Using size_t instead of uint32_t when referring to containers size.

We all have seen it, right? whenever we need some amount of certain objects, we request it to vulkan using a pointer to a uint32_t and setting to NULL the pointer to the objects we need, it is just so natural, right?, and is throughout the whole API, so the functionality is uniform. So far, so good. But my question is this: for an amount of objects, using uint32_t is correct on 32 bits only. When we move to 64 bits, the “size” of a container, of a memory request, of anything related to memory operations, becomes a 64 bits number, so i think it would be more appropriate and portable to use a size_t instead of uint32_t for such operations, the STL containers work like that.

I understand that, on the practice, rarely we will need more than the range the 32 bits have to offer, but wouldn’t there be scenarios where such operations can lead to undefined behavior just because of the diferences between uint32_t and a size_t ranges? 0xFFFFFFFFFFFFFFFF doesn’t have any meaning on a 32 bit variable, for example.

I know this is API breaking, but i wanted to leave this here merely as a thought. Have a good day!

The reason Vulkan doesn’t use size_t is precisely because it changes between 32 and 64-bit builds. Vulkan data structures and arguments should be stable, no matter what the bit-depth of the compilation is.

Also, what functions are you talking about? VkDeviceSize is used for anything dealing with sizes/offsets in device memory, and that is defined to be a uint64_t.

The only kinds of parameters which use uint32_t sizes are host-sized arrays and the number of items in pools. Neither of which is likely to need to be larger than 2^32 anytime in the near future. Are you going to create descriptor set layouts with more than 4 billion descriptors? Are you going to get more than 4 billion sparse image format properties?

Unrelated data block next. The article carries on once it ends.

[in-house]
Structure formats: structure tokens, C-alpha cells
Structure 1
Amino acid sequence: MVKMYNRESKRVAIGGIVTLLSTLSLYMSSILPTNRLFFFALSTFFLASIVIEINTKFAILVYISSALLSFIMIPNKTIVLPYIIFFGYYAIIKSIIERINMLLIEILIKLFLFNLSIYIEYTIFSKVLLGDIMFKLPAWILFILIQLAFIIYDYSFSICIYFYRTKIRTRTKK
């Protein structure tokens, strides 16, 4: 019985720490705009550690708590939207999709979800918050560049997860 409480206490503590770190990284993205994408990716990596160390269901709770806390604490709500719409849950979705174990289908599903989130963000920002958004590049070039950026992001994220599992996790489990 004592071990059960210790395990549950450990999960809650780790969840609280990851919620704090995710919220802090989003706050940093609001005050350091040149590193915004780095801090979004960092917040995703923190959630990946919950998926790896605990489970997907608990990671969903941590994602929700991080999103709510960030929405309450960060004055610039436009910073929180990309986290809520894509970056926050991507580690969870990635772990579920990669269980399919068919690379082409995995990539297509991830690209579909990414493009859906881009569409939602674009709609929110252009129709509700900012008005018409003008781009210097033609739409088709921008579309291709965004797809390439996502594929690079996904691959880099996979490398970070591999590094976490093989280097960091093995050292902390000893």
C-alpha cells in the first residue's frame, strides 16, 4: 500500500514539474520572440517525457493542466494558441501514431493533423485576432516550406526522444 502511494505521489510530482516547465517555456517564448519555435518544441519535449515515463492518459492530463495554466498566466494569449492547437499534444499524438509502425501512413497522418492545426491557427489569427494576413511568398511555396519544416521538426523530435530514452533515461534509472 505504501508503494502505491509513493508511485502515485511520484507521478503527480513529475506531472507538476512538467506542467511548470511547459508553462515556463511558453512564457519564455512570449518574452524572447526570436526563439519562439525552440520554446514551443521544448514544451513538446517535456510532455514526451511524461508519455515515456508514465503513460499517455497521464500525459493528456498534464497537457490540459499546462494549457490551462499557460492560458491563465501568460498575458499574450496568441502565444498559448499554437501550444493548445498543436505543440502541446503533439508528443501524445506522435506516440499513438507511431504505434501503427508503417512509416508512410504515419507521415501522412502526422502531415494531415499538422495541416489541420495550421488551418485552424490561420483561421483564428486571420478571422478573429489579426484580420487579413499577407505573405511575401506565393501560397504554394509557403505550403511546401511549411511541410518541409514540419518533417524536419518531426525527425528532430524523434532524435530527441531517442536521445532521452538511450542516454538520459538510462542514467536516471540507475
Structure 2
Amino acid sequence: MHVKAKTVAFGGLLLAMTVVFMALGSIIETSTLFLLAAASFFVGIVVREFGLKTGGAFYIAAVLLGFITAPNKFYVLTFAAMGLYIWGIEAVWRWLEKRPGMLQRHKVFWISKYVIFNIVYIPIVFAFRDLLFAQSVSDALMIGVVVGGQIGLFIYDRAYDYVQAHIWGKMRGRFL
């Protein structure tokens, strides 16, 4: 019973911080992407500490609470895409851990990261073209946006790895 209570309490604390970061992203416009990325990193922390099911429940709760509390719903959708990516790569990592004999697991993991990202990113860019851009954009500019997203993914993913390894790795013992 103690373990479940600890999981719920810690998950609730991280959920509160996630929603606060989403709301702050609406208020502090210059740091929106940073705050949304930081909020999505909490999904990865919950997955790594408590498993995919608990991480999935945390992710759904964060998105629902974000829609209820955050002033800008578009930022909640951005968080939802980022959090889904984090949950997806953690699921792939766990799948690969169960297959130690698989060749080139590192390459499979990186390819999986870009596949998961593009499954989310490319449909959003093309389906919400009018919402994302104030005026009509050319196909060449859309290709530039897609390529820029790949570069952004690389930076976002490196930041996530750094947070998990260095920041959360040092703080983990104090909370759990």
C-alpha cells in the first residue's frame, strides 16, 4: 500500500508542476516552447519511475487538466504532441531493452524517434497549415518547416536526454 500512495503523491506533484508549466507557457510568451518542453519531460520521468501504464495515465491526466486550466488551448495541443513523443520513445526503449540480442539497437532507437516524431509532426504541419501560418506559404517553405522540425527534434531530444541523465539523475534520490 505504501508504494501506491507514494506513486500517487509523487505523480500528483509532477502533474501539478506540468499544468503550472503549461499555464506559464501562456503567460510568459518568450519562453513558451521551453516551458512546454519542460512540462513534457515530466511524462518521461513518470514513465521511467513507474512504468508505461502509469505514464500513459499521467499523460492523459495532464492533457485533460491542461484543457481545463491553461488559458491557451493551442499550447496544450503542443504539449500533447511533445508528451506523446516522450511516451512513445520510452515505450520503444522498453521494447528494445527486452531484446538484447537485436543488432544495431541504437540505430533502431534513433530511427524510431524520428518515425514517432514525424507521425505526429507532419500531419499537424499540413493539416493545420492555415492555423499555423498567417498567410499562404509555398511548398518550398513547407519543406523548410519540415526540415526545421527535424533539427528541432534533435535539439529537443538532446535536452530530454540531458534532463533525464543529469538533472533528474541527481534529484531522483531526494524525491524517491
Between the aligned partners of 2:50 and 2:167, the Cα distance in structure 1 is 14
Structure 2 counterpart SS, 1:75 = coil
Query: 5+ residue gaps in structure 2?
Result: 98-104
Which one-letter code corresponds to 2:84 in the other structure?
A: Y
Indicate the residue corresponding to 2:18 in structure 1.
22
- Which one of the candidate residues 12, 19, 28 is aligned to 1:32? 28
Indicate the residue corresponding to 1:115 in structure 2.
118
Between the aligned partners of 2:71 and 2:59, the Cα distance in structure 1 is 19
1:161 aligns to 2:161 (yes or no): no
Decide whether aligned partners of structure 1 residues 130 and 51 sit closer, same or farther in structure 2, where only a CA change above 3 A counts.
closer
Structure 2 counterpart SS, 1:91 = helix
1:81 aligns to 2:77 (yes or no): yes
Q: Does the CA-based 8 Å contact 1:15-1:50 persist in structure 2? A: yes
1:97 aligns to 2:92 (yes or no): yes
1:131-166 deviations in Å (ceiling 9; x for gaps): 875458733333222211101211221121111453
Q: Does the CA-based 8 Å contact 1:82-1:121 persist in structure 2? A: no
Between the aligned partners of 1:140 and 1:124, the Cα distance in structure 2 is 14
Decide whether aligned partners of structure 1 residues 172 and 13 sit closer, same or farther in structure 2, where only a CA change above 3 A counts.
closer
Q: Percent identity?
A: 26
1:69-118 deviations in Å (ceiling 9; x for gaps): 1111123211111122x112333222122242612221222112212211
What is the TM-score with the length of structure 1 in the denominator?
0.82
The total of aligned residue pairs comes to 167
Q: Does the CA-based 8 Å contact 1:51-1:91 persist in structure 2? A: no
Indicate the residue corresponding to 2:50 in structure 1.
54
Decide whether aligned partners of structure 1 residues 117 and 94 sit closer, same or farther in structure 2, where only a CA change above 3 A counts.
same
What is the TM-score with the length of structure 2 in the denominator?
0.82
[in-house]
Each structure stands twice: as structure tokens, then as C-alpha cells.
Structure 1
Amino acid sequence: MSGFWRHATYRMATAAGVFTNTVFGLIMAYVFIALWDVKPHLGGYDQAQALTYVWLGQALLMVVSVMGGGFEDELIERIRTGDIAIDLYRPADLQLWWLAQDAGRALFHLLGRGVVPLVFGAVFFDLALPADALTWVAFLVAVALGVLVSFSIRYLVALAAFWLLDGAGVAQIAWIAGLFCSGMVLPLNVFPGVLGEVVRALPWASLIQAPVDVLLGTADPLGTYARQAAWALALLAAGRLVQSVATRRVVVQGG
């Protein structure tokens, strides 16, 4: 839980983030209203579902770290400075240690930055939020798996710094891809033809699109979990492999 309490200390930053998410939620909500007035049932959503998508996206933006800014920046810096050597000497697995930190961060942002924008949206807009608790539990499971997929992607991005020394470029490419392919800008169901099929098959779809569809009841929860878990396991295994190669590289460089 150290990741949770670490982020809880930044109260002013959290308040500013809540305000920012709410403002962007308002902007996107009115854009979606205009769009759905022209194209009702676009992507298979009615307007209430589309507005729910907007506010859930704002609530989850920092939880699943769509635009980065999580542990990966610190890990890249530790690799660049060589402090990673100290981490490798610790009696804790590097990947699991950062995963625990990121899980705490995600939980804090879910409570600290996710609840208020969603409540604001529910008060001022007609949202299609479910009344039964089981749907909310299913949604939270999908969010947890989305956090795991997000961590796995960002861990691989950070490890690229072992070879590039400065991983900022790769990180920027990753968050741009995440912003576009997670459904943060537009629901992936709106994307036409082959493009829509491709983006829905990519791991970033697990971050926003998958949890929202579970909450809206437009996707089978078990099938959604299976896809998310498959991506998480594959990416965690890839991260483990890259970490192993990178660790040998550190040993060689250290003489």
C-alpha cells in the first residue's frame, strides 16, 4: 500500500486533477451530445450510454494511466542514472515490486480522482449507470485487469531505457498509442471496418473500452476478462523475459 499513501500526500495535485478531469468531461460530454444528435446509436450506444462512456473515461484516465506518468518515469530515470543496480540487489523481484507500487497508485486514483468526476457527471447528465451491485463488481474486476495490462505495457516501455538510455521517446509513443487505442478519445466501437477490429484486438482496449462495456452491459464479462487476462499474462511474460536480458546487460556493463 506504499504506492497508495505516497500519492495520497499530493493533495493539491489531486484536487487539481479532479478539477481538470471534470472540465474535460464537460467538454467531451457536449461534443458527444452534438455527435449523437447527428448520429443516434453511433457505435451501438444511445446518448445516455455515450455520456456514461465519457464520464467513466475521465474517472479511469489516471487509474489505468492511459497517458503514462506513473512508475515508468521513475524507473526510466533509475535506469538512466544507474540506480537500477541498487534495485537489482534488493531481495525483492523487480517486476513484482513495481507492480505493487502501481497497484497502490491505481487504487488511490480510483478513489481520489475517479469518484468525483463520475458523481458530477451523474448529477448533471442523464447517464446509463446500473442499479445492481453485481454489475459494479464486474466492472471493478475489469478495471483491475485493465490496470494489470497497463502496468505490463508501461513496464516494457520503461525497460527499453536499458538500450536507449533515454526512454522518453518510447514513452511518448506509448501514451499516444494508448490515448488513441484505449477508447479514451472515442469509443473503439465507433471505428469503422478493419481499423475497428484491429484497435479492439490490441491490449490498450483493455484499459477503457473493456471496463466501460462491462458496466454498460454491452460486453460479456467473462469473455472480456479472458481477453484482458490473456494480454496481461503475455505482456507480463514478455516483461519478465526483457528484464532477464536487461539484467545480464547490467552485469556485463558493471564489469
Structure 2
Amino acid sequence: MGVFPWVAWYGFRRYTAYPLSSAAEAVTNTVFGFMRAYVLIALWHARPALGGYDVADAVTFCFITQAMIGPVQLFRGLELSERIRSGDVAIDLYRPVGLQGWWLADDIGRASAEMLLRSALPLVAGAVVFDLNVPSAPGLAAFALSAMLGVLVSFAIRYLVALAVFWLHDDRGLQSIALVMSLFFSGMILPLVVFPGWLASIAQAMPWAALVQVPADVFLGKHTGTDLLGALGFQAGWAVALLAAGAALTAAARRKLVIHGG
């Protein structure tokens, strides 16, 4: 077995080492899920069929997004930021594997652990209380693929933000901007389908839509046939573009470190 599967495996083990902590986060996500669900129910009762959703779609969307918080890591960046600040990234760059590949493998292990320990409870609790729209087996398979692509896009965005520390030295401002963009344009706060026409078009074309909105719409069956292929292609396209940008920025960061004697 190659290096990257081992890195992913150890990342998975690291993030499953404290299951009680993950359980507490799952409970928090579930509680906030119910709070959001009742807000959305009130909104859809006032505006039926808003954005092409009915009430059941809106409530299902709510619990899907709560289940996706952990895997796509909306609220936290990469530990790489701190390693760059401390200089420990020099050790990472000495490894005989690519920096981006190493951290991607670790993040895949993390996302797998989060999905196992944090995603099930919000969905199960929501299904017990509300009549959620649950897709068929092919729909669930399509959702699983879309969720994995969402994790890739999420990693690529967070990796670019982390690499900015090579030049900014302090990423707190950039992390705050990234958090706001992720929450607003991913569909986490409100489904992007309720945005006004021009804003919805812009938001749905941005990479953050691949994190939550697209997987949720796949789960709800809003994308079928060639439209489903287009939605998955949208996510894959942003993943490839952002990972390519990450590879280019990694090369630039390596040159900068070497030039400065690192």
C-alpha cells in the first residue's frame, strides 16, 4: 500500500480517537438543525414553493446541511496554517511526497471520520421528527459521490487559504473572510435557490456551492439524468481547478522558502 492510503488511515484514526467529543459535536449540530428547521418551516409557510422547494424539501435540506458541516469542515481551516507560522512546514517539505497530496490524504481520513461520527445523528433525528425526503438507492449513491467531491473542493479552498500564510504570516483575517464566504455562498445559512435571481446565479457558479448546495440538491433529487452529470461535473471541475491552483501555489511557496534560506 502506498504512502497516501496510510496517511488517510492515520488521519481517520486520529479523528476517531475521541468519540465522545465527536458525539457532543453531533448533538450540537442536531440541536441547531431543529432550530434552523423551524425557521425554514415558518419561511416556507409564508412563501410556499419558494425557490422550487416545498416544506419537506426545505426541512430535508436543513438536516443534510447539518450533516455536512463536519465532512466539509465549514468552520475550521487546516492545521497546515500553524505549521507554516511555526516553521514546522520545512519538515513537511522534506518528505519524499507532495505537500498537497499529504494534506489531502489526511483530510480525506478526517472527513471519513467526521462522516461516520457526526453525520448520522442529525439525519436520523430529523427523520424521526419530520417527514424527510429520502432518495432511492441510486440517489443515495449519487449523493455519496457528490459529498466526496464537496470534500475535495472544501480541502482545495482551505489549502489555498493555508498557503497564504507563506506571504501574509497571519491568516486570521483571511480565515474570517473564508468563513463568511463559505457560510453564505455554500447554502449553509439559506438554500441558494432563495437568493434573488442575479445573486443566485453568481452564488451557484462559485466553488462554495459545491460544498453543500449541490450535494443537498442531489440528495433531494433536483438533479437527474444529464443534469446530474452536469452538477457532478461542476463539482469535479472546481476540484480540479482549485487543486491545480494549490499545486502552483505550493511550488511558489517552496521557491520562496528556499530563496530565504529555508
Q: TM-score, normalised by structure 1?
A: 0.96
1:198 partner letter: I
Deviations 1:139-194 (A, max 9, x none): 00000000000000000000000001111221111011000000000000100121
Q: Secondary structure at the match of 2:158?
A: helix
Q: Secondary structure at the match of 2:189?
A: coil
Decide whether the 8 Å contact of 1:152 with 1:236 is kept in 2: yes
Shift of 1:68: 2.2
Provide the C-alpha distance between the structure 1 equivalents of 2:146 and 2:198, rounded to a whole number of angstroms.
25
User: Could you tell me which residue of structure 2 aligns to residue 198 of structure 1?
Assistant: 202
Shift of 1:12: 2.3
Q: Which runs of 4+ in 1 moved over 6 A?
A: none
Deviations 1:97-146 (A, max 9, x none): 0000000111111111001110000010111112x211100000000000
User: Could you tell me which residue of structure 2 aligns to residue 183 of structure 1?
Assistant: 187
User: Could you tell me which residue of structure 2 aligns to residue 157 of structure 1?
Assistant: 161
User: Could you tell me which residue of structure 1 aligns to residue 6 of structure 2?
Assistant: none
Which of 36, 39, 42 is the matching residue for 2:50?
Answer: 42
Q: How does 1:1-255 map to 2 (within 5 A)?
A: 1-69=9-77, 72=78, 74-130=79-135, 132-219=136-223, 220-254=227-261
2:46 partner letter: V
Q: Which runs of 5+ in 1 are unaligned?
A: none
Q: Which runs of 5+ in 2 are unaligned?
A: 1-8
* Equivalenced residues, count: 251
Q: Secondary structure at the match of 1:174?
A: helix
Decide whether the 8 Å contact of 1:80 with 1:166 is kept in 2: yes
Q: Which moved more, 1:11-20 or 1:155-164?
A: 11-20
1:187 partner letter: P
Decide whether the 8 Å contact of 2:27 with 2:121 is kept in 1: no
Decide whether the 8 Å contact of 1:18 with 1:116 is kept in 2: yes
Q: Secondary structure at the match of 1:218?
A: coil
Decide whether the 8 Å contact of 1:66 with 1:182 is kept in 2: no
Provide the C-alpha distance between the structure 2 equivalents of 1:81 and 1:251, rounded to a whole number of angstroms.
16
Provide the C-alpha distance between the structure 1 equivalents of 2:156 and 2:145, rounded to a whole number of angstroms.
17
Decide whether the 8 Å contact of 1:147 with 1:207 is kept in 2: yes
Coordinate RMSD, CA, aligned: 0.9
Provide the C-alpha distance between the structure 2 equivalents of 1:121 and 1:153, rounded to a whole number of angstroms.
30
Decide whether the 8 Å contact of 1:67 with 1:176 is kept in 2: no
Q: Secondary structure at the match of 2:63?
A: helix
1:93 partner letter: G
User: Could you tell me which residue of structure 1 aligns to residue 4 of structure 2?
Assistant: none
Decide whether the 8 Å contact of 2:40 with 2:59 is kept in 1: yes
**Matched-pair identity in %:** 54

So what’s the point?

pointers also change in size from 32 bit to 64 bits, and they are in every structure of the engine, pNext is a void*, and its size is 4 bytes in 32 bits and 8 bytes in 64. The idea is to enforce the proper usage of types to avoid unexpected pitfalls in the future. The STL uses size_t when it comes to the amounts of elements. I am well aware that a 64 bit integer can be something really, really, really big, but i can’t help but think that this has been somehow overlooked because we are too used to them as indexing variables.

We are used to think that to address a vector a 32 bit integer is what you have to use. But now that the 64 bit are finally settling we forget that in 64 bits the most approproate way to address a vector is to use a 64 bit variable. For example, it would help to the portability of the platform that it “typedef’ed” a “VKsize_t” type into a size_t object or something appropriate and that the whole platform stuck to that vksize_t type.

I am not requesting such a change at all though. I am just pointing out that in 64 bits things are diferent than 32 bits and that this is a subtlety that could have been passed over. Now that the platform is still “taking off” or so to say, it is a better moment to make notice of such a thing than later when it is already settled. Or who knows?

Fair enough.

But you haven’t explained what those “unexpected pitfalls” actually are.

Do you expect someone to need to make a descriptor pool that has more than 2^32 descriptors in it? Do you expect someone to need to make a query pool with more than 4 billion query objects? And so forth.

What is the actual problem that you’re trying to solve? Converting from a 64-bit unsigned integer to a 32-bit unsigned integer is a well-defined process in C/C++ if the value in that integer can fit inside 32-bits. So the only “unexpected pitfalls” that could arise is if you used a larger size than 2^32 - 1.

How would it help portability?

But the platform is settled. Vulkan 1.0 is already released; it’s not going to have an interface change until 1.1. And I highly doubt they’d bother to make changes that won’t actually improve the interface. Especially if it creates new functions that do the same thing as older ones, with the only difference being the type of the size parameter for some array.